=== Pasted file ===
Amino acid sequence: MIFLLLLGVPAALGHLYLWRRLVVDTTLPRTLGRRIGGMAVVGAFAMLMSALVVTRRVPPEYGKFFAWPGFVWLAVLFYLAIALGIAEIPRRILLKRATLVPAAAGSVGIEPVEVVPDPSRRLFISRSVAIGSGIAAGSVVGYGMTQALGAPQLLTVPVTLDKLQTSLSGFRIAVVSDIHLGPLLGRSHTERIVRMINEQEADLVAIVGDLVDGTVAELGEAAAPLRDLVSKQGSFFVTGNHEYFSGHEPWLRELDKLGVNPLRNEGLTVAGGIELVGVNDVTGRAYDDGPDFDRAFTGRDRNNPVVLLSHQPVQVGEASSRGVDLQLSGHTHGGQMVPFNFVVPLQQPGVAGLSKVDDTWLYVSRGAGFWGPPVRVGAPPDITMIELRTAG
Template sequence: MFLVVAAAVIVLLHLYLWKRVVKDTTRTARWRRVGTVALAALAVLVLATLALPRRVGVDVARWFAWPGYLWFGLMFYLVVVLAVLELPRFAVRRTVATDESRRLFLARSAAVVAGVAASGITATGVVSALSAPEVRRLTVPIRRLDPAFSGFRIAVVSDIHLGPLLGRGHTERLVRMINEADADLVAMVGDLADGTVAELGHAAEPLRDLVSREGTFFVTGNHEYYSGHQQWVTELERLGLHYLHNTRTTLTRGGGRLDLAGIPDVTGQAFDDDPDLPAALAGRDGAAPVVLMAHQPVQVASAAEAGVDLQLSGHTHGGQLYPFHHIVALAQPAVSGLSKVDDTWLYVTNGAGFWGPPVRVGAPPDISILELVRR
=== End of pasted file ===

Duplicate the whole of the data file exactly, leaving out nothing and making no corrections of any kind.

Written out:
Amino acid sequence: MIFLLLLGVPAALGHLYLWRRLVVDTTLPRTLGRRIGGMAVVGAFAMLMSALVVTRRVPPEYGKFFAWPGFVWLAVLFYLAIALGIAEIPRRILLKRATLVPAAAGSVGIEPVEVVPDPSRRLFISRSVAIGSGIAAGSVVGYGMTQALGAPQLLTVPVTLDKLQTSLSGFRIAVVSDIHLGPLLGRSHTERIVRMINEQEADLVAIVGDLVDGTVAELGEAAAPLRDLVSKQGSFFVTGNHEYFSGHEPWLRELDKLGVNPLRNEGLTVAGGIELVGVNDVTGRAYDDGPDFDRAFTGRDRNNPVVLLSHQPVQVGEASSRGVDLQLSGHTHGGQMVPFNFVVPLQQPGVAGLSKVDDTWLYVSRGAGFWGPPVRVGAPPDITMIELRTAG
Template sequence: MFLVVAAAVIVLLHLYLWKRVVKDTTRTARWRRVGTVALAALAVLVLATLALPRRVGVDVARWFAWPGYLWFGLMFYLVVVLAVLELPRFAVRRTVATDESRRLFLARSAAVVAGVAASGITATGVVSALSAPEVRRLTVPIRRLDPAFSGFRIAVVSDIHLGPLLGRGHTERLVRMINEADADLVAMVGDLADGTVAELGHAAEPLRDLVSREGTFFVTGNHEYYSGHQQWVTELERLGLHYLHNTRTTLTRGGGRLDLAGIPDVTGQAFDDDPDLPAALAGRDGAAPVVLMAHQPVQVASAAEAGVDLQLSGHTHGGQLYPFHHIVALAQPAVSGLSKVDDTWLYVTNGAGFWGPPVRVGAPPDISILELVRR